fried chicken (copy)

Competitors had their pick of oils at the Southern Fried Chicken Challenge.

Q: I suffer from a lethal nut allergy, and yet so many places I go use peanut oil for frying, so no fried chicken for me. Since nut allergies are awfully prevalent, it would be a public service to know which local chefs are aware of the condition.

A: As a reporter, breaking bad news is literally my job. That means I’m relishing this opportunity to be the bearer of information that ought to make you very, very happy: Your fried chicken days aren’t done.

Before we get down to the details, though, it’s probably worth noting that the Food and Drug Administration does not classify peanut oil as an allergen. While I understand you’re not able to tolerate it, studies show most people with peanut allergies can safely eat most highly refined peanut oils (cold-pressed oils are another story.) To be clear, I’m not advising allergy sufferers to make a beeline for Chick-fil-A, which promotes its oil choice as emblematic of its Southern heritage, but it is a matter worth taking up with a doctor.

I haven’t counted, but I wouldn’t be surprised if more downtown Charleston restaurants serve fried chicken than don’t. So I took up your quandary with a representative sample of them, using the Charleston Convention and Visitors Bureau’s online list of favorite fried chicken spots as a guide to oil experts.

“Many people use peanut oil for its neutral taste and high smoke point, but I personally have never really used it,” says Joe DiMaio, executive chef of The Darling. DiMaio’s crew fries chicken for the restaurant’s lauded sandwich, as well as a staggering amount of seafood. “We use soybean oil, which is low in saturated fat.”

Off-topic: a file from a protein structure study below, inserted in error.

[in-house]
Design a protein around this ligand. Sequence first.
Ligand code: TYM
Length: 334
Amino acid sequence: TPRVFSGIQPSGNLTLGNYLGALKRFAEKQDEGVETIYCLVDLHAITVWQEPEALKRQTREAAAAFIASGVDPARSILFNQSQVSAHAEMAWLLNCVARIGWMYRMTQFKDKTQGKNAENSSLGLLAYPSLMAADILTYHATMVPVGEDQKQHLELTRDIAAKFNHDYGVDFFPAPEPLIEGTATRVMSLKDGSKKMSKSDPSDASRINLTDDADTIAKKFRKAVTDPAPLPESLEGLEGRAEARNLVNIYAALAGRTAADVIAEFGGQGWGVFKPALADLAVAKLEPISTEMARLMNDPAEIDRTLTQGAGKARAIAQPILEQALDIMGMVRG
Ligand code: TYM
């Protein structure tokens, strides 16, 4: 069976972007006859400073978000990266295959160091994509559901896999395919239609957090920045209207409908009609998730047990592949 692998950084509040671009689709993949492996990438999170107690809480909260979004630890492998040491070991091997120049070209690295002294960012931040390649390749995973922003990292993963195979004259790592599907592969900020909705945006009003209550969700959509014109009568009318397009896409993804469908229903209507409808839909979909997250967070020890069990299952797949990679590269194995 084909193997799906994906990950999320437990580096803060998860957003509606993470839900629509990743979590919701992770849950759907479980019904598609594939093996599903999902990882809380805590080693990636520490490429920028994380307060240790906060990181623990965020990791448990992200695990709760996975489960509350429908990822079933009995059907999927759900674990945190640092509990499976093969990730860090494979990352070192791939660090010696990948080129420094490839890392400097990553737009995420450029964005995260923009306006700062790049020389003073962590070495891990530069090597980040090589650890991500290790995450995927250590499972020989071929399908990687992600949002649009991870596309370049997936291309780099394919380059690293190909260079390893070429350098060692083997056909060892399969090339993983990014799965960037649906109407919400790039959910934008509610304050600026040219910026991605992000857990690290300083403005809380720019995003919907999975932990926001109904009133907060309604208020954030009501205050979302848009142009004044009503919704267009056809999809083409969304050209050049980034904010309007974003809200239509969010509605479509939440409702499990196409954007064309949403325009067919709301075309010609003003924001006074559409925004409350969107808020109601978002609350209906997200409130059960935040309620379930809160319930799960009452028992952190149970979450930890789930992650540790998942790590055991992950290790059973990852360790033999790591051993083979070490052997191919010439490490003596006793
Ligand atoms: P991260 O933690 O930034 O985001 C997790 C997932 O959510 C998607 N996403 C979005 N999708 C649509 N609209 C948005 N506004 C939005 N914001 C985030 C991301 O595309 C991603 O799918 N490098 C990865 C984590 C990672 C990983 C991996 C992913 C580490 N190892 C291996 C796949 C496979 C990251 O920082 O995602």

According to DiMaio, sunflower oil is popular with other local chefs. Shane Whiddon, executive chef at Virginia’s on King, swears by blended vegetable oil.

But Aaron Lemieux, another executive chef with the Holy City Hospitality group, suggests it’s not always necessary to steer clear of restaurants that typically dip chicken in peanut oil.

“I would recommend asking the chef to pan-fry items in canola or olive oil,” the Michael’s on the Alley chef says. “Chefs take allergies very seriously, and they will always go the extra mile to ensure your safety.”

Based on what I’ve heard from readers, that’s true — and something to celebrate with a crisp golden drumstick.

Email dining questions to hraskin@postandcourier.com.

Reach Hanna Raskin at 843-937-5560 and follow her on Twitter @hannaraskin.